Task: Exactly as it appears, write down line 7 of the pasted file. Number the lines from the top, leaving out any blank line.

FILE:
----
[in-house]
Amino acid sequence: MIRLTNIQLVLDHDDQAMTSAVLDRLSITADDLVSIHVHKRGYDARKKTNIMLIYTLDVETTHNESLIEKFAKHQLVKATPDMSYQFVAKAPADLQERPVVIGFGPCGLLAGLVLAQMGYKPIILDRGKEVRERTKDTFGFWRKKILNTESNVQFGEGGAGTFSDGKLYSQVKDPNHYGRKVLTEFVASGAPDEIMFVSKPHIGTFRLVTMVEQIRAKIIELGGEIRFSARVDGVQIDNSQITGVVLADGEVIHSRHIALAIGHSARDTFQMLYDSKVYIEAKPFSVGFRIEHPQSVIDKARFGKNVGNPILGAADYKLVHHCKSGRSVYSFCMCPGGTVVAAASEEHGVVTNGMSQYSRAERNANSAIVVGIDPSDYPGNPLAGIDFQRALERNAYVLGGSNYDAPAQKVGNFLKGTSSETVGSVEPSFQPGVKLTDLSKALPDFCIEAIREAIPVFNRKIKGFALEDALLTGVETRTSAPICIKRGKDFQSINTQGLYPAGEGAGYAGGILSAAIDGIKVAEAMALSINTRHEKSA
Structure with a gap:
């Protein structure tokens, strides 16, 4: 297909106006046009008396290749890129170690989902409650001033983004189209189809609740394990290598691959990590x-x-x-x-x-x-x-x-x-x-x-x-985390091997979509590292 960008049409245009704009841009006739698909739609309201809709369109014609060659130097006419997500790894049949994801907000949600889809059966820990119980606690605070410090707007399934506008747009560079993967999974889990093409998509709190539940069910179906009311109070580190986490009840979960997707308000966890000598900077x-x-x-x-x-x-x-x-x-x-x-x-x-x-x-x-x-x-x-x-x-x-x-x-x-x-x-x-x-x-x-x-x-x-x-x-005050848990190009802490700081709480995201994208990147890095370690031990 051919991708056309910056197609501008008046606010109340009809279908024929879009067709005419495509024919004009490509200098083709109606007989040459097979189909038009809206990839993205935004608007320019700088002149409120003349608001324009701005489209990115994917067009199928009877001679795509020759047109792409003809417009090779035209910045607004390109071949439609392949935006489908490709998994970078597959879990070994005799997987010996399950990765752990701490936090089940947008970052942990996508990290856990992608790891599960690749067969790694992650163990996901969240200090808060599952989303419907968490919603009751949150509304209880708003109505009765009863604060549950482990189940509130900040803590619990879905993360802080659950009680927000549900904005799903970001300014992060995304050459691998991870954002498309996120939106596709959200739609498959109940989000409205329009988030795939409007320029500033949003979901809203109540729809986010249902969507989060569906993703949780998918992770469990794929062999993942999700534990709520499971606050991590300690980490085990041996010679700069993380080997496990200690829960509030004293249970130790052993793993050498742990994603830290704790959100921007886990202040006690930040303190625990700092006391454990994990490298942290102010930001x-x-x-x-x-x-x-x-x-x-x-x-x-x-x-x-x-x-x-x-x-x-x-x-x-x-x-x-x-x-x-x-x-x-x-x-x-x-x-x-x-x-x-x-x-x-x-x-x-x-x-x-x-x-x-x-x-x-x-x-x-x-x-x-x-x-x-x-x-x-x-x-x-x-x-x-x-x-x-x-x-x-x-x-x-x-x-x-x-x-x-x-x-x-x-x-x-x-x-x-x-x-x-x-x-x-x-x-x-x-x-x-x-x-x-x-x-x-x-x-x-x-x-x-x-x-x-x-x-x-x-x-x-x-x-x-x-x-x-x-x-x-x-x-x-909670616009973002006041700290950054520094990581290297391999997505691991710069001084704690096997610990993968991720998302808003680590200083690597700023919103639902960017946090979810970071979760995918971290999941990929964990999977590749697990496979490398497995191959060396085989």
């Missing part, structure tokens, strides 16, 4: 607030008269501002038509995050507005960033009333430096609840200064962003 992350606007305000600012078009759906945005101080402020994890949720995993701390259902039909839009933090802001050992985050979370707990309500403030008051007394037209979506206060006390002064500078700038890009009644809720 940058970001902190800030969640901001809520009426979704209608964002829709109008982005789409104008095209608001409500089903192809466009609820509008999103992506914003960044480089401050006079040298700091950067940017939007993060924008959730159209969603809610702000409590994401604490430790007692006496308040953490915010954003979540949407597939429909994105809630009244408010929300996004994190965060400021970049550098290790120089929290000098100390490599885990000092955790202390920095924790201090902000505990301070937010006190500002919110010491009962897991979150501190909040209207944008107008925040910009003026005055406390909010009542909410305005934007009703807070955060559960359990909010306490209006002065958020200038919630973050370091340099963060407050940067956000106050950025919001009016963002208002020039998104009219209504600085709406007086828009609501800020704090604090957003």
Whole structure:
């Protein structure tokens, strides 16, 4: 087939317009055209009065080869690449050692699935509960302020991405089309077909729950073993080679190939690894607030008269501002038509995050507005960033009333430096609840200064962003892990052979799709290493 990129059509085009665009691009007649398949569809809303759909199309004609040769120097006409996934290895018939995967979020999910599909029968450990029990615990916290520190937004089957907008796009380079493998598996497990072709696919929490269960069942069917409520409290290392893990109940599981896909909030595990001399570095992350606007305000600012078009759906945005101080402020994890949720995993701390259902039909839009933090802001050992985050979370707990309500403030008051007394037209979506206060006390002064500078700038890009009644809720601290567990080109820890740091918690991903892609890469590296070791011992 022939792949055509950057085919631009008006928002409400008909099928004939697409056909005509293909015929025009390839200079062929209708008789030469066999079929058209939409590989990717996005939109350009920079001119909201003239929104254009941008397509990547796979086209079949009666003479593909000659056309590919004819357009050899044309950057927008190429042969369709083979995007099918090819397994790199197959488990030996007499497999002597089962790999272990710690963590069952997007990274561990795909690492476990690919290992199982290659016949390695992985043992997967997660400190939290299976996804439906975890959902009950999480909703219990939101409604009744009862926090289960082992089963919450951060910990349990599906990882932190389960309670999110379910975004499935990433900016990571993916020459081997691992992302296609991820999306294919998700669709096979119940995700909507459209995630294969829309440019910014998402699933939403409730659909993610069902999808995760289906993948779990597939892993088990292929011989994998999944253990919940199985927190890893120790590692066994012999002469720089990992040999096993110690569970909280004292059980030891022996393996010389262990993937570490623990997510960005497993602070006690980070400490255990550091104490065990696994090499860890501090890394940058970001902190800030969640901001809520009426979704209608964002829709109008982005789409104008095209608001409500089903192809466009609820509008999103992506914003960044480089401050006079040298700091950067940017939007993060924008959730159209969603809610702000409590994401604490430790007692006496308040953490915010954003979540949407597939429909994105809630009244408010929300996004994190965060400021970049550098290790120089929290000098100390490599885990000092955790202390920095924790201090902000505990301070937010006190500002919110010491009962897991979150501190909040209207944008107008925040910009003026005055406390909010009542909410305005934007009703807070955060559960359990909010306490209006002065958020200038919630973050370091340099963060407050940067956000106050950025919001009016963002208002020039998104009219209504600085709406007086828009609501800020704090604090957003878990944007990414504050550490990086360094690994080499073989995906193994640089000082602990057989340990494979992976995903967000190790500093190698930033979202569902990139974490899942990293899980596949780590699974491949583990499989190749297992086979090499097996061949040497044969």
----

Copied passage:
């Protein structure tokens, strides 16, 4: 087939317009055209009065080869690449050692699935509960302020991405089309077909729950073993080679190939690894607030008269501002038509995050507005960033009333430096609840200064962003892990052979799709290493 990129059509085009665009691009007649398949569809809303759909199309004609040769120097006409996934290895018939995967979020999910599909029968450990029990615990916290520190937004089957907008796009380079493998598996497990072709696919929490269960069942069917409520409290290392893990109940599981896909909030595990001399570095992350606007305000600012078009759906945005101080402020994890949720995993701390259902039909839009933090802001050992985050979370707990309500403030008051007394037209979506206060006390002064500078700038890009009644809720601290567990080109820890740091918690991903892609890469590296070791011992 022939792949055509950057085919631009008006928002409400008909099928004939697409056909005509293909015929025009390839200079062929209708008789030469066999079929058209939409590989990717996005939109350009920079001119909201003239929104254009941008397509990547796979086209079949009666003479593909000659056309590919004819357009050899044309950057927008190429042969369709083979995007099918090819397994790199197959488990030996007499497999002597089962790999272990710690963590069952997007990274561990795909690492476990690919290992199982290659016949390695992985043992997967997660400190939290299976996804439906975890959902009950999480909703219990939101409604009744009862926090289960082992089963919450951060910990349990599906990882932190389960309670999110379910975004499935990433900016990571993916020459081997691992992302296609991820999306294919998700669709096979119940995700909507459209995630294969829309440019910014998402699933939403409730659909993610069902999808995760289906993948779990597939892993088990292929011989994998999944253990919940199985927190890893120790590692066994012999002469720089990992040999096993110690569970909280004292059980030891022996393996010389262990993937570490623990997510960005497993602070006690980070400490255990550091104490065990696994090499860890501090890394940058970001902190800030969640901001809520009426979704209608964002829709109008982005789409104008095209608001409500089903192809466009609820509008999103992506914003960044480089401050006079040298700091950067940017939007993060924008959730159209969603809610702000409590994401604490430790007692006496308040953490915010954003979540949407597939429909994105809630009244408010929300996004994190965060400021970049550098290790120089929290000098100390490599885990000092955790202390920095924790201090902000505990301070937010006190500002919110010491009962897991979150501190909040209207944008107008925040910009003026005055406390909010009542909410305005934007009703807070955060559960359990909010306490209006002065958020200038919630973050370091340099963060407050940067956000106050950025919001009016963002208002020039998104009219209504600085709406007086828009609501800020704090604090957003878990944007990414504050550490990086360094690994080499073989995906193994640089000082602990057989340990494979992976995903967000190790500093190698930033979202569902990139974490899942990293899980596949780590699974491949583990499989190749297992086979090499097996061949040497044969």